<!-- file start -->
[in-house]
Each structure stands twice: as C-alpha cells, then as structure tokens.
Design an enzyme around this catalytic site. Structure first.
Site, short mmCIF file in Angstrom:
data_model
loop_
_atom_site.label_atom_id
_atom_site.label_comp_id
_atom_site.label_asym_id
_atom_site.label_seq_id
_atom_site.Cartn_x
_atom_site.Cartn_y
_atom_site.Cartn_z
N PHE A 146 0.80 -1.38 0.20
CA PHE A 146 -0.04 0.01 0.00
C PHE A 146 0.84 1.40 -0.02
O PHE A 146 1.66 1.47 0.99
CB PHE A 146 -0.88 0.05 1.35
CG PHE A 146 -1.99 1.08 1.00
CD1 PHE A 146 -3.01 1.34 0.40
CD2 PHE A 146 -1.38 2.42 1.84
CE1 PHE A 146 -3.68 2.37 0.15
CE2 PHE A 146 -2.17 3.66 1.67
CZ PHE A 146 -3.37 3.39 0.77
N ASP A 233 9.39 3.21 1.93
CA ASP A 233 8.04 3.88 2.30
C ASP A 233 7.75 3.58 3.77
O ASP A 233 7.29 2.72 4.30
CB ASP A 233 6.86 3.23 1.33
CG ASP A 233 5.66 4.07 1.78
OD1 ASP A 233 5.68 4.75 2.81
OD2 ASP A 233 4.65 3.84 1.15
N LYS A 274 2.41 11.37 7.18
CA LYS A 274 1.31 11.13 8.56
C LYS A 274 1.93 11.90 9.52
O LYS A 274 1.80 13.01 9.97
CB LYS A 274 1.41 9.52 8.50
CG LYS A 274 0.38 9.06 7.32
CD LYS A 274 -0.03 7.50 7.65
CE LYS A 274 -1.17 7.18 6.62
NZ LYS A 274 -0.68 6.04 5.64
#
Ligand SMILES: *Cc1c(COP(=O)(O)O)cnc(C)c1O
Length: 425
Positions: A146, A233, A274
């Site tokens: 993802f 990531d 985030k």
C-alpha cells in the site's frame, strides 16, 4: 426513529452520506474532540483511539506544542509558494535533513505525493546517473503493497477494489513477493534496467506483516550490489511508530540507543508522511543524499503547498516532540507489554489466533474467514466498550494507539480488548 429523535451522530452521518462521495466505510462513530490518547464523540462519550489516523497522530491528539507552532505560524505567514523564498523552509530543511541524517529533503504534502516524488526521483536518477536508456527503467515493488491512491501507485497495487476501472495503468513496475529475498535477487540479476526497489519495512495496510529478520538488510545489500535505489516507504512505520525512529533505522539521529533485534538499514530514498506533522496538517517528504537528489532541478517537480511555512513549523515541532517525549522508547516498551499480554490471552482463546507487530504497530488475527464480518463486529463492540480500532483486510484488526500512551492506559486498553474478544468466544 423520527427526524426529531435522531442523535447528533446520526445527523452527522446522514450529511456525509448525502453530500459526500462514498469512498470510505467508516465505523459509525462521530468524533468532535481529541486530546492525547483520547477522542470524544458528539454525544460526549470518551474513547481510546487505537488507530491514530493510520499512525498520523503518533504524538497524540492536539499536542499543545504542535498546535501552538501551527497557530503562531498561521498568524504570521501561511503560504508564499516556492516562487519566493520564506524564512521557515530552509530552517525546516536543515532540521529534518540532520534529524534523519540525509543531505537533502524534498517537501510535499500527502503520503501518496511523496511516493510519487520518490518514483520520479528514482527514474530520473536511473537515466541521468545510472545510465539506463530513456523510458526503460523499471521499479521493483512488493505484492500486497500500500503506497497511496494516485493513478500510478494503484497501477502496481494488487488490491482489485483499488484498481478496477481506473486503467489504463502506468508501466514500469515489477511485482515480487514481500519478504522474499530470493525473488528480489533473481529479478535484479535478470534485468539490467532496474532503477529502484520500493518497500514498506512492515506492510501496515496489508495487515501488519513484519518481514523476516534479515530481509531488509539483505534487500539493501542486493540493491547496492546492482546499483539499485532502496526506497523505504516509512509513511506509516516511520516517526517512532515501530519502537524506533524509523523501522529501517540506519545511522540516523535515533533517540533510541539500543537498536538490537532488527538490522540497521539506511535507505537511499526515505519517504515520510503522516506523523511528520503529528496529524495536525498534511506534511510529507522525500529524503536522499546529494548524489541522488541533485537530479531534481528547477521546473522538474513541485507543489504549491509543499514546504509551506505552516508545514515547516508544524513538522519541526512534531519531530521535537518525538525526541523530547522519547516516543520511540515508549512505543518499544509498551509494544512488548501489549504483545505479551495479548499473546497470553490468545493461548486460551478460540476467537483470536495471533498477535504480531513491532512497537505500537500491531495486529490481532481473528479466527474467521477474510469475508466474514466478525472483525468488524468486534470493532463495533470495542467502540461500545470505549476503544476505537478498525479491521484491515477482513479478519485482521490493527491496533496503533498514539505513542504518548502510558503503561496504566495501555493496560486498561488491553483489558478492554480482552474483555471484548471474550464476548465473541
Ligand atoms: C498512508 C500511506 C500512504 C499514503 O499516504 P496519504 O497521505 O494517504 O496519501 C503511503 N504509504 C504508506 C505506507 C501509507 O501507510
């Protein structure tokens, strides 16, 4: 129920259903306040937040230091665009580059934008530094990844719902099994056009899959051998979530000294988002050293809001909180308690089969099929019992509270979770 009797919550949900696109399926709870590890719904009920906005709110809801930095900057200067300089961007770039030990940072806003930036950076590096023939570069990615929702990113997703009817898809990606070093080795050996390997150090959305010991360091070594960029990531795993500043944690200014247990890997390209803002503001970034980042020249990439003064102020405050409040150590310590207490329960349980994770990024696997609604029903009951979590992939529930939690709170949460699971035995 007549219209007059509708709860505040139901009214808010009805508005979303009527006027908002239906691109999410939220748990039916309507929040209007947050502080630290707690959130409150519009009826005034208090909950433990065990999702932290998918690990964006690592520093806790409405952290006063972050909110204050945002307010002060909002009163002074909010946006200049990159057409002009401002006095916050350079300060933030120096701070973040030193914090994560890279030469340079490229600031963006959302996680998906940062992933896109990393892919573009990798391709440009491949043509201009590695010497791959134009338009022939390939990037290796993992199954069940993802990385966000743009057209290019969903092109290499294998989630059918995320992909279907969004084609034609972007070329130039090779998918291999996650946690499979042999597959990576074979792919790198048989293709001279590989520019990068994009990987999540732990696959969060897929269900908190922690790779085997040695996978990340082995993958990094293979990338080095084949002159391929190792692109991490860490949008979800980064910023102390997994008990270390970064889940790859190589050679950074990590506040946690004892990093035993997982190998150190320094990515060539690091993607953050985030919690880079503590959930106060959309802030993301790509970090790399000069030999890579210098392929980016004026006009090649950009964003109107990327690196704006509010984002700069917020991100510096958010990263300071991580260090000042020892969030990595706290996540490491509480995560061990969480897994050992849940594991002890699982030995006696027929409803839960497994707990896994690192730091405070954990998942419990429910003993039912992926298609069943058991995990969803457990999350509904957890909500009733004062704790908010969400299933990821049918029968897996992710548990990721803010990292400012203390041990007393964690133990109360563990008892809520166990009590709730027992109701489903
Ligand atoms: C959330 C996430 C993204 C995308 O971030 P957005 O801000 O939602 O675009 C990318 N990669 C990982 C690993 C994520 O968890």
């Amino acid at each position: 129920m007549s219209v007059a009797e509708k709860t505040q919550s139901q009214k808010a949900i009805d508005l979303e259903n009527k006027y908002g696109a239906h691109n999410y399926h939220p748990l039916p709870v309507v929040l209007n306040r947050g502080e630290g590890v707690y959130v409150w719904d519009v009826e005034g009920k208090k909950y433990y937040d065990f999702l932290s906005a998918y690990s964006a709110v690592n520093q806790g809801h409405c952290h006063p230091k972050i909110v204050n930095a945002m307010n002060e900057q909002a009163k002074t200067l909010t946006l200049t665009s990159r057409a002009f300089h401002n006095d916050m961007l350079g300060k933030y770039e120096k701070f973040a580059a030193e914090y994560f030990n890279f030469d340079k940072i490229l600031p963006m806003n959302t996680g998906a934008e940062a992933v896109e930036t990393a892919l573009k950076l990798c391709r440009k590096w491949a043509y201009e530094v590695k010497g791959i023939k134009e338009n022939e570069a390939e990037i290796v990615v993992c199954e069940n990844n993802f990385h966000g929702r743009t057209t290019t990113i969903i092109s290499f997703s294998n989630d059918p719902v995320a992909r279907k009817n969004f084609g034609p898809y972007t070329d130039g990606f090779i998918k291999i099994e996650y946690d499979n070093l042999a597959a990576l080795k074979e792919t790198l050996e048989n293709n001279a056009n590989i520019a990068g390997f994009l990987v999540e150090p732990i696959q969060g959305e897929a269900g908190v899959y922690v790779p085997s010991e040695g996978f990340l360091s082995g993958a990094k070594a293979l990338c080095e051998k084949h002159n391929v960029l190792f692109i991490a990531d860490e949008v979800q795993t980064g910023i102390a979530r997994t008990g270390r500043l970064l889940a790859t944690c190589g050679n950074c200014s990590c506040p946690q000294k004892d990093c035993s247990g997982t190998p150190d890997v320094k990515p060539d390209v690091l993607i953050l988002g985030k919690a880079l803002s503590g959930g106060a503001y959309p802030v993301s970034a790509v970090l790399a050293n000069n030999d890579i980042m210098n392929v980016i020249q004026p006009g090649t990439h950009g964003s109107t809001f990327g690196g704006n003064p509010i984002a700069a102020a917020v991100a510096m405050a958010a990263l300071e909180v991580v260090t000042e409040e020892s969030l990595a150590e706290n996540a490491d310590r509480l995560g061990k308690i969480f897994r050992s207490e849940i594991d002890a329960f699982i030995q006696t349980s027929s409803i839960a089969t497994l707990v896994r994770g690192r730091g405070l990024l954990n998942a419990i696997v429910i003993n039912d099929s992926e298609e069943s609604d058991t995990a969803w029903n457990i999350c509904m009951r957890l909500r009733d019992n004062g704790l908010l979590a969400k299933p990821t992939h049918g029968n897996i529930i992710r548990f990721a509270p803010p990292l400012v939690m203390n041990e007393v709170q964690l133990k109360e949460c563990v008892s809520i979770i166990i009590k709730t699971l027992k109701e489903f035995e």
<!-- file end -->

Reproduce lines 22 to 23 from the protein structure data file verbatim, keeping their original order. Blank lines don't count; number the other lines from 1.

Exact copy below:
CE1 PHE A 146 -3.68 2.37 0.15
CE2 PHE A 146 -2.17 3.66 1.67